The role of a therapist as treating in solely a ‘manual’ or ‘biomedical’ way is becoming a thing of the past. More and more we are recognising the importance of treating the ‘psycho’ and the ‘social’ components intrinsically involved in a pain experience. But is it actually happening?
A new qualitative study in 2017 from Italian physiotherapists seems to think not. This study adds to the many others (here and here among others) that are highlighting a gap: therapists acknowledge the importance of ‘biopsychocial’ factors, they even identify them, but rarely treat them. Why? Time constraints? Laziness? Perhaps more likely they don’t know what to do with these factors. I’ve often heard people saying – ‘I’m not a psychologist or a social worker, I don’t have the training’.
The 2017 paper seems to agree. The authors have provided a summary of their insights in a blog over at Body in Mind – worth a read! Some of the barriers they bring up include:
- a general view that the role of physiotherapists was mainly as a manual therapist performing physical treatments
- limited opportunity during their sessions to fully assess psycho-social factors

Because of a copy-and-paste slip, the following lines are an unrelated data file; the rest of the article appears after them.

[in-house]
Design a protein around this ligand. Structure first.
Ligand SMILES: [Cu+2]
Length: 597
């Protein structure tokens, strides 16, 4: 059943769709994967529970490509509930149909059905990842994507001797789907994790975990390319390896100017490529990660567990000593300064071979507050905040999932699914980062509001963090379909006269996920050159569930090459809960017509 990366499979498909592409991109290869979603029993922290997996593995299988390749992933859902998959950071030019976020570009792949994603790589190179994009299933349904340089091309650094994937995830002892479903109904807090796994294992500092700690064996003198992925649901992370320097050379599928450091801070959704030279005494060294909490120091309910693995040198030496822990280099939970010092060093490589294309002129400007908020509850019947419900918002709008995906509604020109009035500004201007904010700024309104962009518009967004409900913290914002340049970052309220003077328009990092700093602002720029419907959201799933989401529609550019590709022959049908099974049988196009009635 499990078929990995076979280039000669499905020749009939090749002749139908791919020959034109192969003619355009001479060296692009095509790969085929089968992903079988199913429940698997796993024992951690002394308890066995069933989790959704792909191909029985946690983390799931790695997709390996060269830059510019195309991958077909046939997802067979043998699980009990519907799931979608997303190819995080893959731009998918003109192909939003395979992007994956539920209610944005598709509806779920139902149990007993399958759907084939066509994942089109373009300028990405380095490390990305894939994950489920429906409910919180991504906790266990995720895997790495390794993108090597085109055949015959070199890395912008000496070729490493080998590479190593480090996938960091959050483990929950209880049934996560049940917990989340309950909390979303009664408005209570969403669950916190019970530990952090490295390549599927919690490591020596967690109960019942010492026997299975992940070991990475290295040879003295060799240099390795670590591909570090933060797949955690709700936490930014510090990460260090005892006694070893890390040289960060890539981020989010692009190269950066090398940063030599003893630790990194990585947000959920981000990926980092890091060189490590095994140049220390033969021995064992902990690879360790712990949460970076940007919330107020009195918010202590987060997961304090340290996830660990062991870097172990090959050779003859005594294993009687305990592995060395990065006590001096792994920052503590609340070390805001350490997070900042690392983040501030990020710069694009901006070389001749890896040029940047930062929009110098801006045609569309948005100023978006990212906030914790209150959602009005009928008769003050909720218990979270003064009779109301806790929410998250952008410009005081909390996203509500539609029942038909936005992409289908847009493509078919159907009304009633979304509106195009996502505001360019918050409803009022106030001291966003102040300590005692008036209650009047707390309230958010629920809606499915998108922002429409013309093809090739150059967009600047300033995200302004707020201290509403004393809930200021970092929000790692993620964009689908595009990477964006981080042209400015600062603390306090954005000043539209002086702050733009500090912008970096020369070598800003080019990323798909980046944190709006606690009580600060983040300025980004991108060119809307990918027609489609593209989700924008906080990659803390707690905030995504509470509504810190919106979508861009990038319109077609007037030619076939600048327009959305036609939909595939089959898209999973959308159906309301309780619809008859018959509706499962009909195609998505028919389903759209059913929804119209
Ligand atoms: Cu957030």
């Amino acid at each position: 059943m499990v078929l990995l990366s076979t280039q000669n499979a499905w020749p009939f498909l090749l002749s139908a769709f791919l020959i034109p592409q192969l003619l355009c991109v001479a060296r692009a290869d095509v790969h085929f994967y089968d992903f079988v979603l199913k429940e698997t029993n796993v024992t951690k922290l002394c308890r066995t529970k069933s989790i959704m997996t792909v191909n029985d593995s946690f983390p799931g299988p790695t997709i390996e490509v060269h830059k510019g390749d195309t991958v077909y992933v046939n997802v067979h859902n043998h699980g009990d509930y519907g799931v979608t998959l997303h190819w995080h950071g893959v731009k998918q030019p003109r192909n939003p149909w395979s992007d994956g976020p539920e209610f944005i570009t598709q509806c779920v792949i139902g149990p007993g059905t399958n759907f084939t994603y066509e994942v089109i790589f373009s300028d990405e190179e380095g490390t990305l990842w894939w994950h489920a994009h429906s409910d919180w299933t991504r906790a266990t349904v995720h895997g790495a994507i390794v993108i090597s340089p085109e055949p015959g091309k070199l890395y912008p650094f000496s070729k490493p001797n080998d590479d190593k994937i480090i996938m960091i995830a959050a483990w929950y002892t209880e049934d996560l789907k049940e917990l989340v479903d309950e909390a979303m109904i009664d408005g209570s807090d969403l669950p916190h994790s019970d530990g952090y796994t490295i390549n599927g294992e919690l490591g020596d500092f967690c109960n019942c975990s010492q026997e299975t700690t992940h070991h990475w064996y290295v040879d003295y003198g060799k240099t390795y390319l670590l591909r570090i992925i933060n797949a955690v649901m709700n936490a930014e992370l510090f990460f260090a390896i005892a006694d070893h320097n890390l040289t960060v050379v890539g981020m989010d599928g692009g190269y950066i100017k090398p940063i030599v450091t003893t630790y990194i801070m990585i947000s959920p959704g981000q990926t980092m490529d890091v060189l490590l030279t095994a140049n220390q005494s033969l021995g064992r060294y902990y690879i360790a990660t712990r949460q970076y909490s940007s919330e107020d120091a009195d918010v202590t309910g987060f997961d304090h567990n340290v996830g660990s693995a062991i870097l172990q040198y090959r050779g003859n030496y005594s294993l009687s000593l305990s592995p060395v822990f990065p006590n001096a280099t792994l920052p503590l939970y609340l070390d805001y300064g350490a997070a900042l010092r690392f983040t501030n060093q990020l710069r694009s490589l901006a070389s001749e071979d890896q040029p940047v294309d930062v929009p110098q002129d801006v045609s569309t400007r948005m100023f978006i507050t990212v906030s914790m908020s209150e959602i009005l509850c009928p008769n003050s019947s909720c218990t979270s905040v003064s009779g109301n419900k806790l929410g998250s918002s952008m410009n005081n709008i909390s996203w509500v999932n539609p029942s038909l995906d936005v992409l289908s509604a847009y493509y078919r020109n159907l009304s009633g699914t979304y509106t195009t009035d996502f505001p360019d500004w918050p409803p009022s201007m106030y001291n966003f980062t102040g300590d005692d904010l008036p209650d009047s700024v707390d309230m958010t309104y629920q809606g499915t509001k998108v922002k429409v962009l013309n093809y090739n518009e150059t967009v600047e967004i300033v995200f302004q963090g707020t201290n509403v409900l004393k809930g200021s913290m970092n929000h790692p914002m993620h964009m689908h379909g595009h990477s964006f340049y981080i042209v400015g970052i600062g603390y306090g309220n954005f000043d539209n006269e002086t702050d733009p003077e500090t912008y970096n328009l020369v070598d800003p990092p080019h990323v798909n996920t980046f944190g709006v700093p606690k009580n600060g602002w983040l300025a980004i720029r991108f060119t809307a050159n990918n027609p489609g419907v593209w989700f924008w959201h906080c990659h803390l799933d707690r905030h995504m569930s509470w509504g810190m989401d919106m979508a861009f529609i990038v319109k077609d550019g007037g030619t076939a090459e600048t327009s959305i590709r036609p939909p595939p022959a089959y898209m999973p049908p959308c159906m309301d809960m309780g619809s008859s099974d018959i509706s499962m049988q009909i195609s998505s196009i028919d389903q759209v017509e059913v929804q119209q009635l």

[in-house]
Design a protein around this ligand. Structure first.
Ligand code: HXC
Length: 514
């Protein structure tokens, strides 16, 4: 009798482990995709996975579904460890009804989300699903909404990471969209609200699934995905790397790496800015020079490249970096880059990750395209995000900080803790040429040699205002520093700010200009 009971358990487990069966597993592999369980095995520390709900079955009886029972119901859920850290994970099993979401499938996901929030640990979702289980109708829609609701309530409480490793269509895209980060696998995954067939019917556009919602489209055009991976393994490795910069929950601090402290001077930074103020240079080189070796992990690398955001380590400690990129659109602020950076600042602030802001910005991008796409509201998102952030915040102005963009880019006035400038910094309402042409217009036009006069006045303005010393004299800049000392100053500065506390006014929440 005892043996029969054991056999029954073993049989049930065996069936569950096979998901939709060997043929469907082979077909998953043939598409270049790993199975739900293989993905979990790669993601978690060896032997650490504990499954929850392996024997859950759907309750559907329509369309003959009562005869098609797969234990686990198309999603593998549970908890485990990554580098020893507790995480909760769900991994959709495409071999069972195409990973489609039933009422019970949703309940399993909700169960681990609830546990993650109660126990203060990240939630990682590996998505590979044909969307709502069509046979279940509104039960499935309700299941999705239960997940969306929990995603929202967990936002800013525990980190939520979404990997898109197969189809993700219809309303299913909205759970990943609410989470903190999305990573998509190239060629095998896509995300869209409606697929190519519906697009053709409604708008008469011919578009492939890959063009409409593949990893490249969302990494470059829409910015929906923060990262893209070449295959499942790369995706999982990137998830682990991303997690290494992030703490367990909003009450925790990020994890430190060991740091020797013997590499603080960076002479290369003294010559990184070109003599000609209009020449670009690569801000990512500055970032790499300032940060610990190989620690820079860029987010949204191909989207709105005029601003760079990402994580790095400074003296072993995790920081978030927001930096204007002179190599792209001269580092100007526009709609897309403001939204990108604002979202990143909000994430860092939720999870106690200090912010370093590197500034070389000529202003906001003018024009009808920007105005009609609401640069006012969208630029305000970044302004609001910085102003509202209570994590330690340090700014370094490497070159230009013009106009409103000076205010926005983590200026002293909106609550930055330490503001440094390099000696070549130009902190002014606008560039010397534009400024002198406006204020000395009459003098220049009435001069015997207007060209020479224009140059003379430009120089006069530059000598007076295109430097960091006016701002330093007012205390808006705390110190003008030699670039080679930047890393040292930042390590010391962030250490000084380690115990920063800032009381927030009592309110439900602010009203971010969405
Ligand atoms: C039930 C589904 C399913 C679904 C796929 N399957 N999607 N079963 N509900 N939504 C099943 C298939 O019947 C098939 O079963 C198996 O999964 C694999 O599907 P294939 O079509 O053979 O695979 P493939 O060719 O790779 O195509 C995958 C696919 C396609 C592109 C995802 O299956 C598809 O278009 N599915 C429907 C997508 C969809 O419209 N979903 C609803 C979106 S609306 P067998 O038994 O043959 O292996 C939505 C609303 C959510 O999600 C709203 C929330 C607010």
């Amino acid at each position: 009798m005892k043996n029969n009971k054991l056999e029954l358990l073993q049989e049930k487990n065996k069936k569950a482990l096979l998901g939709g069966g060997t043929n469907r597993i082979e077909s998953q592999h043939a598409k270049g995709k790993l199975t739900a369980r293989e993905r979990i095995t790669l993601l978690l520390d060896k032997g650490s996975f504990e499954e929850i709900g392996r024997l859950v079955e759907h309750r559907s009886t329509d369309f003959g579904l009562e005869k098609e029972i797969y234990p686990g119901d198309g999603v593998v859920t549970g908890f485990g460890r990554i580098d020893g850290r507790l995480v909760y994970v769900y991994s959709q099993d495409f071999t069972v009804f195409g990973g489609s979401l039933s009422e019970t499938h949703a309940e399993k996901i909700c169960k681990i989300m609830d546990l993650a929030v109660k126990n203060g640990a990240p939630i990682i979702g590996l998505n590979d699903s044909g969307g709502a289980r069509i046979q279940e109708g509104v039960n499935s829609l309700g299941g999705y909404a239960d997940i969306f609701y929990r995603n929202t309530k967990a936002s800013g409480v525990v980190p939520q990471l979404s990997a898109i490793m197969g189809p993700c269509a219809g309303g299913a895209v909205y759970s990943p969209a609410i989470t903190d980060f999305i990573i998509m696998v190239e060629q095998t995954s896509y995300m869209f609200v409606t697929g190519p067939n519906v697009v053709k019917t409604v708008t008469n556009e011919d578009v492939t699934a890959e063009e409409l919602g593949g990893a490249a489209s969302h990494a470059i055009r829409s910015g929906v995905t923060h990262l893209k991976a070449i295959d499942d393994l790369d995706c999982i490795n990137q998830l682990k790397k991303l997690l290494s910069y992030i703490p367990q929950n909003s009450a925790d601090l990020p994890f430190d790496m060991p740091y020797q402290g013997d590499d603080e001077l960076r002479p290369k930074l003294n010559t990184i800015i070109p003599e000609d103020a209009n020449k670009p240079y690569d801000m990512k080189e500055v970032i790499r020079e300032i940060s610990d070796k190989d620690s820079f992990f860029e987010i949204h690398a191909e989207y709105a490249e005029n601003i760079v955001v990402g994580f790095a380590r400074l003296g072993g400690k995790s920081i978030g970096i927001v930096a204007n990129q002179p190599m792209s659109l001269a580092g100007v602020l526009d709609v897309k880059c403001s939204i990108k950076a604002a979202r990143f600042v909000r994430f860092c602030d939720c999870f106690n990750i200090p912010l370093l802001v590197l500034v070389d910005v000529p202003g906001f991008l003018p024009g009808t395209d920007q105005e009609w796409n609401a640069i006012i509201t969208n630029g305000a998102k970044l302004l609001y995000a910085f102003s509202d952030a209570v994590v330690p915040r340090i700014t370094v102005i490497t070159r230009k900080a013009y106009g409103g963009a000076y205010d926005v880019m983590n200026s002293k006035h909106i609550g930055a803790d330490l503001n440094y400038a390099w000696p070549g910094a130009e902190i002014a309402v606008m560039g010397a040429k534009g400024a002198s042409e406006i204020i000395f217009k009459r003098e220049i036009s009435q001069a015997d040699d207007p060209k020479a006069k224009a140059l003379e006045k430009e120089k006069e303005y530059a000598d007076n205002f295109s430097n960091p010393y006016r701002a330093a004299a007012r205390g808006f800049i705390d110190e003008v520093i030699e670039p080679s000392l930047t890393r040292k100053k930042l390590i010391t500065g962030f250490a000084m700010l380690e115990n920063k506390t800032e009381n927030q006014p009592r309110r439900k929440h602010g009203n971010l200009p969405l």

- concerns that exploration of psycho-social factors could lead to a disruption in the therapeutic relationship (i.e. fear of “losing the patient”).
- uncertainty about how to implement psycho-social aspects in a specific and meaningful way.
Here at NOI we’ve attempted to make this last point easier with educational texts for therapists (Explain Pain, Explain Pain Supercharged and courses) and guided texts for patients (The Explain Pain Handbook: Protectometer). The DIM/SIM approach to pain specifically includes an exploration of these psycho-social factors in an approachable and accessible way (check the App).
What do you think is missing? Is it a cultural change within the profession? A societal change from what patients expect from their therapists? Improved training at an undergraduate level?
– Hayley Leake